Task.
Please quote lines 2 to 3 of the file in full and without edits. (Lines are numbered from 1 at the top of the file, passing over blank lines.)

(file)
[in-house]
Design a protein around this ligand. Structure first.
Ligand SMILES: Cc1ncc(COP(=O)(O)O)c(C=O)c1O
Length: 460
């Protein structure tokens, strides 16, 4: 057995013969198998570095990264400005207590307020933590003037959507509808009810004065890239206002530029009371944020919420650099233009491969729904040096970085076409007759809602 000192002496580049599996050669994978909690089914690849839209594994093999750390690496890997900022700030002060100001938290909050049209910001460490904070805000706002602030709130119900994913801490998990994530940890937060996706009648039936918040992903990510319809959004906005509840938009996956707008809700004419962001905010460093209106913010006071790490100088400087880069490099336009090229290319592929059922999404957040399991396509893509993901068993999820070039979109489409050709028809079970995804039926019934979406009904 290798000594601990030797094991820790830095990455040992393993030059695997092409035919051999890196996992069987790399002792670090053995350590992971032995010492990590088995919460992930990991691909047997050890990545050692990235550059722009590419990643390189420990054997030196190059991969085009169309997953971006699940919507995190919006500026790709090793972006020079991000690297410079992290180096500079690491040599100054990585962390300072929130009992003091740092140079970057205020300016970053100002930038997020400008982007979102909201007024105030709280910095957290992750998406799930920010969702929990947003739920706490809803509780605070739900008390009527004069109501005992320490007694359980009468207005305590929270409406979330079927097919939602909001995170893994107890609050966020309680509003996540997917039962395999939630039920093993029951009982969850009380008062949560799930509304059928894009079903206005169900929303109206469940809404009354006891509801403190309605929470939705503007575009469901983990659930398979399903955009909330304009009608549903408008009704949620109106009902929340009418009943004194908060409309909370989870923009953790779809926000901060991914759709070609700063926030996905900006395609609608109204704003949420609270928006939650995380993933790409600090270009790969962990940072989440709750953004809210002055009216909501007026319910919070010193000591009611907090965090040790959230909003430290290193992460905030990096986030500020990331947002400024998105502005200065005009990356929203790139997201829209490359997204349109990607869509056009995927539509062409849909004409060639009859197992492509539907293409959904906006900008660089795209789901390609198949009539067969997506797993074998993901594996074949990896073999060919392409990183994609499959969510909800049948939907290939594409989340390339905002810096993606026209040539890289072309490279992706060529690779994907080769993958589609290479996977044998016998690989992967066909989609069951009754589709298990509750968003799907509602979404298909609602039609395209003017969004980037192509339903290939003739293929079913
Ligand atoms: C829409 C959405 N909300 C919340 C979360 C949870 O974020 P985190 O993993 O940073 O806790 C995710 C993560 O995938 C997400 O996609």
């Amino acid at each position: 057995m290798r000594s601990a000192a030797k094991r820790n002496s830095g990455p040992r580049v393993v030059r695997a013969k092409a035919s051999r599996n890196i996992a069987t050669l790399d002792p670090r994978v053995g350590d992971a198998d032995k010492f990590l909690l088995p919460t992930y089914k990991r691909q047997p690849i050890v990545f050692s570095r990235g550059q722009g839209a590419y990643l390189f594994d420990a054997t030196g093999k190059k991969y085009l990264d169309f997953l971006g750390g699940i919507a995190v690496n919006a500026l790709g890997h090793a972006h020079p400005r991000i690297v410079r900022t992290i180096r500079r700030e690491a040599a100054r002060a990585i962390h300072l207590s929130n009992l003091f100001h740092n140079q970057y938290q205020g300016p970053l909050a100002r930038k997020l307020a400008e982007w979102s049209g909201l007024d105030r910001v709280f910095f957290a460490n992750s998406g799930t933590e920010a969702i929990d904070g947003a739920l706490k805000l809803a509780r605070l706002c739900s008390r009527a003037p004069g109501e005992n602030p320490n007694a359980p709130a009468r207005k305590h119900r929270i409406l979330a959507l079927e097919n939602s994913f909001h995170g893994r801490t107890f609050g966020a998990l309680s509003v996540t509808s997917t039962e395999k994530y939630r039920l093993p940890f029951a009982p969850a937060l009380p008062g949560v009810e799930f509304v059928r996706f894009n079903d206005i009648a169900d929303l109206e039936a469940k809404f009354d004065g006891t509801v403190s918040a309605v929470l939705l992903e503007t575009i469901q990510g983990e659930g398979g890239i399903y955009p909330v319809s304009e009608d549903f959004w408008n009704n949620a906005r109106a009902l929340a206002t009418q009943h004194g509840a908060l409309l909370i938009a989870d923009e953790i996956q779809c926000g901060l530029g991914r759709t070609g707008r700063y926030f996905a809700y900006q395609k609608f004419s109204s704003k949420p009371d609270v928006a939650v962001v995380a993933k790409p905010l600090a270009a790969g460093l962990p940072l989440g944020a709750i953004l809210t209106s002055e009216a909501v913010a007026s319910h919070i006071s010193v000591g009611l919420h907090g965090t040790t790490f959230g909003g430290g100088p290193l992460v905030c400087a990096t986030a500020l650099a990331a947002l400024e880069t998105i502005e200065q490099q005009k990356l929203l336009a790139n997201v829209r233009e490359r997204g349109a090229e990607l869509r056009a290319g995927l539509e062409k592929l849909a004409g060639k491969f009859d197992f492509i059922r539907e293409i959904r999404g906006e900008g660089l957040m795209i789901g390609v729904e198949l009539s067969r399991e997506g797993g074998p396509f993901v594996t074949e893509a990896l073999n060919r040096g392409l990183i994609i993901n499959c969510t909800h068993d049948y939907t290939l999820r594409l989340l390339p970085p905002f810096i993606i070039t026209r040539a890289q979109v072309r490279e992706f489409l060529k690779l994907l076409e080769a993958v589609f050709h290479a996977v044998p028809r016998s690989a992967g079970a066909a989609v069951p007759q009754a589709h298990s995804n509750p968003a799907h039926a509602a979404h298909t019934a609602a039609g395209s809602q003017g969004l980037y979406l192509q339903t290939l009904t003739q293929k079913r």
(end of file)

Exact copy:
Design a protein around this ligand. Structure first.
Ligand SMILES: Cc1ncc(COP(=O)(O)O)c(C=O)c1O